Bulldogs know they’ll have to tough it out
SALT LAKE CITY – Sometimes the rhetoric doesn’t concur with the visual. Sometimes the coach-speak doesn’t necessarily ring true.
But nobody had to strain their credibility previewing tonight’s Gonzaga-Wichita State NCAA men’s basketball tournament encounter at EnergySolutions Arena.
Gonzaga coach Mark Few had referred to Wichita State’s hard-nosed style and rebounding prowess several times when he fielded a question late in his press conference about Shockers’ defensive specialist Tekele Cotton.
“I hate to be redundant but a tough, tough, guy,” Few said. “That’s kind of what Wichita State has, tough, aggressive, confident players.”
No. 1-ranked and top-seeded Gonzaga (32-2) likes to think of itself the same way. Mike Hart was sporting a few new knee bruises after Thursday’s rugged 64-58 victory over Southern. The Bulldogs rank among the nation’s best offensively, but they’ve been on a defensive roll of late and typically hold their own in bruising contests.
“It’s tournament time where everybody is physical,” senior forward Elias Harris said. “Wichita State is a great defensive team and a great, great rebounding team. They’ll send five to the boards if necessary and they play a nasty game.
“I feel like we’ve been doing the same thing. It’s going to be a competition: Who will be the tougher team?”
Good question. The team with the best answer will probably earn a trip to the Sweet 16 next week in Los Angeles.
No. 9 Wichita State (27-8) whipped No. 8 Pittsburgh 73-55 on Thursday with a familiar formula. The Shockers were the aggressors, defended from the opening tip and outrebounded Pitt, one of the nation’s better teams on the glass, 37-32.
The Shockers only made 39 percent of their shots, including a miserable 2 of 20 3-pointers, but still won going away.
“What Coach (Gregg Marshall) instills in our head is defense, rebounding and being tough,” junior forward Cleanthony Early said. “You’re not always going to be at your best, but if you have 10 guys thinking the same thoughts, the majority of the time you’re going to have enough guys produce on a given night.”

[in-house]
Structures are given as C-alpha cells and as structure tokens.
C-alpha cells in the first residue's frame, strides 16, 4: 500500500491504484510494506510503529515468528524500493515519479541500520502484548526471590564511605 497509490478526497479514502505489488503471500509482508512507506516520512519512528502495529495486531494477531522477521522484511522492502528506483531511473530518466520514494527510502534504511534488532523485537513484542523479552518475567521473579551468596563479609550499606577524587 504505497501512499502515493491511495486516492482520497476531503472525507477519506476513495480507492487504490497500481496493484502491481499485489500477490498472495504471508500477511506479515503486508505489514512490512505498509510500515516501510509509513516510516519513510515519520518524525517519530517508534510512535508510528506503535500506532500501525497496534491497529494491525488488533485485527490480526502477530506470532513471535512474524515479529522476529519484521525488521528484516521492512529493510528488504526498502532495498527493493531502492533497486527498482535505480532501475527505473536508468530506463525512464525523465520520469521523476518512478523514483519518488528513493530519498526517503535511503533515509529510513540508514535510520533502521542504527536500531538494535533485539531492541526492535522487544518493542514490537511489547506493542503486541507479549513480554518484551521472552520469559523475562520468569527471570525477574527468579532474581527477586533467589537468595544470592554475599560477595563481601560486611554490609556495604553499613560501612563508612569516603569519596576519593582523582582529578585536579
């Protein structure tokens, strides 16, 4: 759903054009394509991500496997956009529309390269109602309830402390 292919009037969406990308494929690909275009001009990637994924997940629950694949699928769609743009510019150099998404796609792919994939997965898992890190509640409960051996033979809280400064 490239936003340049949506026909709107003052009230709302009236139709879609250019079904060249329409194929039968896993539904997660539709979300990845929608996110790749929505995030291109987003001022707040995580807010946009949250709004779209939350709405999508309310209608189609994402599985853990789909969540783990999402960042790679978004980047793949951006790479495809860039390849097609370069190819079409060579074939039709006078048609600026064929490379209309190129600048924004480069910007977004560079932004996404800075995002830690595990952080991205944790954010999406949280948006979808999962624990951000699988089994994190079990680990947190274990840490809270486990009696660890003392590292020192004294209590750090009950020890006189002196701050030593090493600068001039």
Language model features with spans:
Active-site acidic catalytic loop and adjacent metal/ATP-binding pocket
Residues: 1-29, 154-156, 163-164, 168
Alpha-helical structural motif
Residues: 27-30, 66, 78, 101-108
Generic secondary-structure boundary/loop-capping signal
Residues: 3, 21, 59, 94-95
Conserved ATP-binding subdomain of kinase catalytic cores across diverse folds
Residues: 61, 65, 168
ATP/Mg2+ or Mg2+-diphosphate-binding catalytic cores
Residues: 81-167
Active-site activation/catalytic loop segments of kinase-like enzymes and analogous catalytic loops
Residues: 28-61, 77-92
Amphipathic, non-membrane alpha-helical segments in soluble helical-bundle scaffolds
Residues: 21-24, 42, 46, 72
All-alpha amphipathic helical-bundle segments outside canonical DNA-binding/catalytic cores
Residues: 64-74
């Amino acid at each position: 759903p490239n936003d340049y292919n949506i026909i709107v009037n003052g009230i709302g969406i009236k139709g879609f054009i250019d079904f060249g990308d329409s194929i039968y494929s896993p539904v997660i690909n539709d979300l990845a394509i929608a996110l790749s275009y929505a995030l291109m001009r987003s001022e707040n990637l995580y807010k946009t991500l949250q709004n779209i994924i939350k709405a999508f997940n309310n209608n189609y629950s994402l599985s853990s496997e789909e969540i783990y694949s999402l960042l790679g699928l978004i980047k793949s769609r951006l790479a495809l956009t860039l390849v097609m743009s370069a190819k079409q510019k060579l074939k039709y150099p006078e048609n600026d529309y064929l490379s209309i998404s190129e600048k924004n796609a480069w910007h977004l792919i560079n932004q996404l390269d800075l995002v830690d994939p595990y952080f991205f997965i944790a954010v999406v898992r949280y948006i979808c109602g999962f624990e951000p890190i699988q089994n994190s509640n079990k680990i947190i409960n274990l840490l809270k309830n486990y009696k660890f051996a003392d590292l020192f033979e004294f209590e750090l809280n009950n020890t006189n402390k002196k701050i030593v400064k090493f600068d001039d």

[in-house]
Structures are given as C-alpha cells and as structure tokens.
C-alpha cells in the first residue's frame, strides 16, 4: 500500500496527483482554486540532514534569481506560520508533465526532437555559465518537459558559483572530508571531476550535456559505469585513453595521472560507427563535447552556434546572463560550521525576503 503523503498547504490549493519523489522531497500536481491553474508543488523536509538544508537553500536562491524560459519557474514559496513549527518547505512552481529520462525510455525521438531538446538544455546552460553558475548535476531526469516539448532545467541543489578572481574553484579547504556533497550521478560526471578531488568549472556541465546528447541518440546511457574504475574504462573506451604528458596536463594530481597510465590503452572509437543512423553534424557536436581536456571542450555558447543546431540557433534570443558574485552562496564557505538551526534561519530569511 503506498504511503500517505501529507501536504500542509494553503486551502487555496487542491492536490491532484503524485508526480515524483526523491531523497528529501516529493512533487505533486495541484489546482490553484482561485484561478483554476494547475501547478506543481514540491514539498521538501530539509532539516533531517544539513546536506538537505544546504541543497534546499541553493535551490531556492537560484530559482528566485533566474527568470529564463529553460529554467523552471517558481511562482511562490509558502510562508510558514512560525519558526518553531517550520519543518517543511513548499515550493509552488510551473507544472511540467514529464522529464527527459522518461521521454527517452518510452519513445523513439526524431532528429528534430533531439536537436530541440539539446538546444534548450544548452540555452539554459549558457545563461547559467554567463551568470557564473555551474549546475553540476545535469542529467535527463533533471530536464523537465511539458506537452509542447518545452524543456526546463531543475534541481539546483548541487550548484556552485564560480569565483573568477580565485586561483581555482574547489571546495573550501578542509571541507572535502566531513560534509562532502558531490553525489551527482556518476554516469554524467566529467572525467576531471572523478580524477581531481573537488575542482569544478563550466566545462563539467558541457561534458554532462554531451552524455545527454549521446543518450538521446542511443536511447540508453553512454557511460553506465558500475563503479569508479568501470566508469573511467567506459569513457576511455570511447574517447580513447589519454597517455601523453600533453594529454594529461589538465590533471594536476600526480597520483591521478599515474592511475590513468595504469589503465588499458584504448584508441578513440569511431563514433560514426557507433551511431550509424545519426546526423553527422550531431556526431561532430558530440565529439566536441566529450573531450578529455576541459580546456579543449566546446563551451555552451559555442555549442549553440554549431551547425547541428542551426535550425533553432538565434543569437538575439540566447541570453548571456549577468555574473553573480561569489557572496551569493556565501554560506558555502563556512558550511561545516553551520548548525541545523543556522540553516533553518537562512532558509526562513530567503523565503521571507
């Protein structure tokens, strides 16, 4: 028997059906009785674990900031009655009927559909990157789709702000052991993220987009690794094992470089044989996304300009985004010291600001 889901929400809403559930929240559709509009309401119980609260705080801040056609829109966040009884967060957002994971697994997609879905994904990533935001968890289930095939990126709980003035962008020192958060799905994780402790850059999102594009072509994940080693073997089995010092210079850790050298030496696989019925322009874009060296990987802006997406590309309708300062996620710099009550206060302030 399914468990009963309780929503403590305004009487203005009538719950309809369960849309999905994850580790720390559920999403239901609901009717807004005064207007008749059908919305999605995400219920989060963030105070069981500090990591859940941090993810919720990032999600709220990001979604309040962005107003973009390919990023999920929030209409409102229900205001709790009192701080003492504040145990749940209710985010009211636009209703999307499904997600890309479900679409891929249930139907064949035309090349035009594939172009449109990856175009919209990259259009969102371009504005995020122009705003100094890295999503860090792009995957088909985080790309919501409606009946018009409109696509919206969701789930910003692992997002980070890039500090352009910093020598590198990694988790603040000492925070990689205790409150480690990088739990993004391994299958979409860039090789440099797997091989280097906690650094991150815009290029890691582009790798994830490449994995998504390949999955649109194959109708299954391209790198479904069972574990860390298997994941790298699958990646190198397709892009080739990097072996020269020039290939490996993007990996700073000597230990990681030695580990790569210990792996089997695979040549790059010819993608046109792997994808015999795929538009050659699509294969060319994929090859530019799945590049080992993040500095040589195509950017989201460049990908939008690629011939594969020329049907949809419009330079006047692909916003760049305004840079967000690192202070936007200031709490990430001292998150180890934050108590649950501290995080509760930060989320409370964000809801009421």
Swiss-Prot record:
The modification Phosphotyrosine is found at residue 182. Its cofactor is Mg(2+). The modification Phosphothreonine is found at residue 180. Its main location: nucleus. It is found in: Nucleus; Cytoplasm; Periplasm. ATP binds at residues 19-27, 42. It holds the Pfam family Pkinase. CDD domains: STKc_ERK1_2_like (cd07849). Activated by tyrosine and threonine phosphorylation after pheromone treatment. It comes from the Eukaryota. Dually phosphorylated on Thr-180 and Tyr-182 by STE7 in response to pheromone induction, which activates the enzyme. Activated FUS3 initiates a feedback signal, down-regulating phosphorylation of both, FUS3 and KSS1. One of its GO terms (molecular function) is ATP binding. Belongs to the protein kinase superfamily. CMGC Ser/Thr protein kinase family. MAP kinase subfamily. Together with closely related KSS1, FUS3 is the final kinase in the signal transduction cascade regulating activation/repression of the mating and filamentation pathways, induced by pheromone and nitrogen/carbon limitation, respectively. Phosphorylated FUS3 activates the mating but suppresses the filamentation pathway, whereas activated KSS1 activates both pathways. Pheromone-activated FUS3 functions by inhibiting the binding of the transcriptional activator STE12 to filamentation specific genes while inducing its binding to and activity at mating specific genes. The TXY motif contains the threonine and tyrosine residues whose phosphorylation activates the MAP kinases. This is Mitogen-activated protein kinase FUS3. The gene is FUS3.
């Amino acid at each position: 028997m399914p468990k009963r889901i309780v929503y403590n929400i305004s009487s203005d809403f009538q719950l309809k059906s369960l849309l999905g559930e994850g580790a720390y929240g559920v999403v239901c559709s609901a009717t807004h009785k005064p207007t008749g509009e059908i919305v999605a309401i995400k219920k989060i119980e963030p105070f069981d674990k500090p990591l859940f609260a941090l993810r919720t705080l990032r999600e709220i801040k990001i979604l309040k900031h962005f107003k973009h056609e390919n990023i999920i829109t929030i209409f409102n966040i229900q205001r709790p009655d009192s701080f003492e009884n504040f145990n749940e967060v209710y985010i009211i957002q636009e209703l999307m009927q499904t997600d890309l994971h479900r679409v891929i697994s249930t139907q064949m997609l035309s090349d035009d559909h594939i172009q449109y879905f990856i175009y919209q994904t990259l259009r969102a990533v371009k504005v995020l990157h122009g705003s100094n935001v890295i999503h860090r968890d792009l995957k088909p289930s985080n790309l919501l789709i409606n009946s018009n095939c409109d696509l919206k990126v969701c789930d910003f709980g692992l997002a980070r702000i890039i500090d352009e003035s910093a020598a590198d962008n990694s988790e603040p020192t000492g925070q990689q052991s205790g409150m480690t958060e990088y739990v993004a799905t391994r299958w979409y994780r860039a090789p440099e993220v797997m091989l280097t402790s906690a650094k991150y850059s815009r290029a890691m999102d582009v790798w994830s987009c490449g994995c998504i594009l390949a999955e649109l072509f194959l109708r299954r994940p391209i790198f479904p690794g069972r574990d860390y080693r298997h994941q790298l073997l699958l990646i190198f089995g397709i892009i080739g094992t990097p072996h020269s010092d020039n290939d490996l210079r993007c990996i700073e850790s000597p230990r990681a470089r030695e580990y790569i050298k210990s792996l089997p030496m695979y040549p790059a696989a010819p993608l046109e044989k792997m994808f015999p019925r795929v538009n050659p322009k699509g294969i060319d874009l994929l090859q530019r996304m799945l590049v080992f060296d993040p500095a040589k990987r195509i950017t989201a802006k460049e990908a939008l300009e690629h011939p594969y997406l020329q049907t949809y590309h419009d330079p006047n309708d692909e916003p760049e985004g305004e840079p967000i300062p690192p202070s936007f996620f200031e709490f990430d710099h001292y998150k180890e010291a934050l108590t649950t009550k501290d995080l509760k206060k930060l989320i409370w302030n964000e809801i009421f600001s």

Early, a 6-foot-8 junior who was first-team All-Missouri Valley Conference despite coming off the bench for roughly half the season, leads a balanced attack at 13.8 points and 5.2 rebounds.
Early, battling an illness that required an IV on the day of the semifinals, struggled in the MVC tournament, but he bounced back with 21 points against Pitt.
“It felt good just to back at full health and bring energy and produce for my team,” Early said.
Wichita State’s barometer seems to be senior guard Malcolm Armstead. During a three-game losing streak midway through the MVC schedule, Armstead, who averages 10.7 points, was limited to five, seven and six points. In two other losses, he was held to six points or less.
“We have a system offensively and it usually starts and ends with our point guards,” said associate head coach Chris Jans. “We’re at our best when Malcolm is playing his best.”
The Shockers will attempt to find that tricky balance, paying attention to Kelly Olynyk and Harris inside without getting burned by Kevin Pangos and Gary Bell Jr. from the outside.
“Olynyk is (Creighton’s) Doug McDermott with a couple of inches and more athleticism, minus the 50-something percent 3-ball,” Shockers coach Gregg Marshall said. “You have to pick your poison. You have to decide when you’re going to dig or try to double team the ball.”